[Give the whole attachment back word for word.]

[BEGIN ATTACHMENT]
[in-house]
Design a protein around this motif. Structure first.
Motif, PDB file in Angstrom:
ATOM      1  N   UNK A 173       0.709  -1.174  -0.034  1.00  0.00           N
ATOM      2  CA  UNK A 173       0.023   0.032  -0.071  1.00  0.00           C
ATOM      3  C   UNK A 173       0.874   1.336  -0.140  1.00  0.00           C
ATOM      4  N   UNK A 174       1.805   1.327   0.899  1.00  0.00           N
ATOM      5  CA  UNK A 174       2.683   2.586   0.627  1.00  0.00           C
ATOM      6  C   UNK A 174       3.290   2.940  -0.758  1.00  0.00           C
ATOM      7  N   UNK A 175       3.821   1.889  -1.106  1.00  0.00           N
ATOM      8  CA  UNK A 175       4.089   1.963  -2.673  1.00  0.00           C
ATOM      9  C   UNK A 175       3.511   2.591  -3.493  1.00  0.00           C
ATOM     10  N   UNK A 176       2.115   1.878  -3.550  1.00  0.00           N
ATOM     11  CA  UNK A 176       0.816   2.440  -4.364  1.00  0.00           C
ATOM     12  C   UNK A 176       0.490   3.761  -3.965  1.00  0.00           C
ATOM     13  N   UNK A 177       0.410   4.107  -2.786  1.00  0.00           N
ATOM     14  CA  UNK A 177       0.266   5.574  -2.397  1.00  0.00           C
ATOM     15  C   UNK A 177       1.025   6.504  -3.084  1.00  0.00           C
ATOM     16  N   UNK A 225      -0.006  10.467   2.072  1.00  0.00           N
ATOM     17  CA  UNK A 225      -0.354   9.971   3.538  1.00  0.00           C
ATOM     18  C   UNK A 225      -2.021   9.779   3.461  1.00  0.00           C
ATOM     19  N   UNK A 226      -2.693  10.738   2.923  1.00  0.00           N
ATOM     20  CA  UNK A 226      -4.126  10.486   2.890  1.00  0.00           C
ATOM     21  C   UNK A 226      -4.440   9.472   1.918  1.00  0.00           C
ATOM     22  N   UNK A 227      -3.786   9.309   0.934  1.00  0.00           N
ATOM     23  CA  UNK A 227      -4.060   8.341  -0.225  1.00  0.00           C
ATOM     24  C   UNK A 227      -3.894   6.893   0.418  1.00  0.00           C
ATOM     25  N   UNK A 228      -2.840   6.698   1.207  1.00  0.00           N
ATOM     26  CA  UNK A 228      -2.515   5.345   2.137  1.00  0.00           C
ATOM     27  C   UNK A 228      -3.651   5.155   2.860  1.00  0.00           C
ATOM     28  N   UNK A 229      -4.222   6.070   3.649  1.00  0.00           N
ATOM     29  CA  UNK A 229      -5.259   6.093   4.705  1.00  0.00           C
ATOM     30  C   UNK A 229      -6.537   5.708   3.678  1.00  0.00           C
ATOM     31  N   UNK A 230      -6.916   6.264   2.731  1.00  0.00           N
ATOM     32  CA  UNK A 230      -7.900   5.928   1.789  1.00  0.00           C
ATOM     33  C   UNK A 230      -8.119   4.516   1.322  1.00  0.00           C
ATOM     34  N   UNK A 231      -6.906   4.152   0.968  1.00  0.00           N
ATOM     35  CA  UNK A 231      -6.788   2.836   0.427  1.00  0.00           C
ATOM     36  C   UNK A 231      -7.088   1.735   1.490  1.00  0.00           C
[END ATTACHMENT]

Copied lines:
[in-house]
Design a protein around this motif. Structure first.
Motif, PDB file in Angstrom:
ATOM      1  N   UNK A 173       0.709  -1.174  -0.034  1.00  0.00           N
ATOM      2  CA  UNK A 173       0.023   0.032  -0.071  1.00  0.00           C
ATOM      3  C   UNK A 173       0.874   1.336  -0.140  1.00  0.00           C
ATOM      4  N   UNK A 174       1.805   1.327   0.899  1.00  0.00           N
ATOM      5  CA  UNK A 174       2.683   2.586   0.627  1.00  0.00           C
ATOM      6  C   UNK A 174       3.290   2.940  -0.758  1.00  0.00           C
ATOM      7  N   UNK A 175       3.821   1.889  -1.106  1.00  0.00           N
ATOM      8  CA  UNK A 175       4.089   1.963  -2.673  1.00  0.00           C
ATOM      9  C   UNK A 175       3.511   2.591  -3.493  1.00  0.00           C
ATOM     10  N   UNK A 176       2.115   1.878  -3.550  1.00  0.00           N
ATOM     11  CA  UNK A 176       0.816   2.440  -4.364  1.00  0.00           C
ATOM     12  C   UNK A 176       0.490   3.761  -3.965  1.00  0.00           C
ATOM     13  N   UNK A 177       0.410   4.107  -2.786  1.00  0.00           N
ATOM     14  CA  UNK A 177       0.266   5.574  -2.397  1.00  0.00           C
ATOM     15  C   UNK A 177       1.025   6.504  -3.084  1.00  0.00           C
ATOM     16  N   UNK A 225      -0.006  10.467   2.072  1.00  0.00           N
ATOM     17  CA  UNK A 225      -0.354   9.971   3.538  1.00  0.00           C
ATOM     18  C   UNK A 225      -2.021   9.779   3.461  1.00  0.00           C
ATOM     19  N   UNK A 226      -2.693  10.738   2.923  1.00  0.00           N
ATOM     20  CA  UNK A 226      -4.126  10.486   2.890  1.00  0.00           C
ATOM     21  C   UNK A 226      -4.440   9.472   1.918  1.00  0.00           C
ATOM     22  N   UNK A 227      -3.786   9.309   0.934  1.00  0.00           N
ATOM     23  CA  UNK A 227      -4.060   8.341  -0.225  1.00  0.00           C
ATOM     24  C   UNK A 227      -3.894   6.893   0.418  1.00  0.00           C
ATOM     25  N   UNK A 228      -2.840   6.698   1.207  1.00  0.00           N
ATOM     26  CA  UNK A 228      -2.515   5.345   2.137  1.00  0.00           C
ATOM     27  C   UNK A 228      -3.651   5.155   2.860  1.00  0.00           C
ATOM     28  N   UNK A 229      -4.222   6.070   3.649  1.00  0.00           N
ATOM     29  CA  UNK A 229      -5.259   6.093   4.705  1.00  0.00           C
ATOM     30  C   UNK A 229      -6.537   5.708   3.678  1.00  0.00           C
ATOM     31  N   UNK A 230      -6.916   6.264   2.731  1.00  0.00           N
ATOM     32  CA  UNK A 230      -7.900   5.928   1.789  1.00  0.00           C
ATOM     33  C   UNK A 230      -8.119   4.516   1.322  1.00  0.00           C
ATOM     34  N   UNK A 231      -6.906   4.152   0.968  1.00  0.00           N
ATOM     35  CA  UNK A 231      -6.788   2.836   0.427  1.00  0.00           C
ATOM     36  C   UNK A 231      -7.088   1.735   1.490  1.00  0.00           C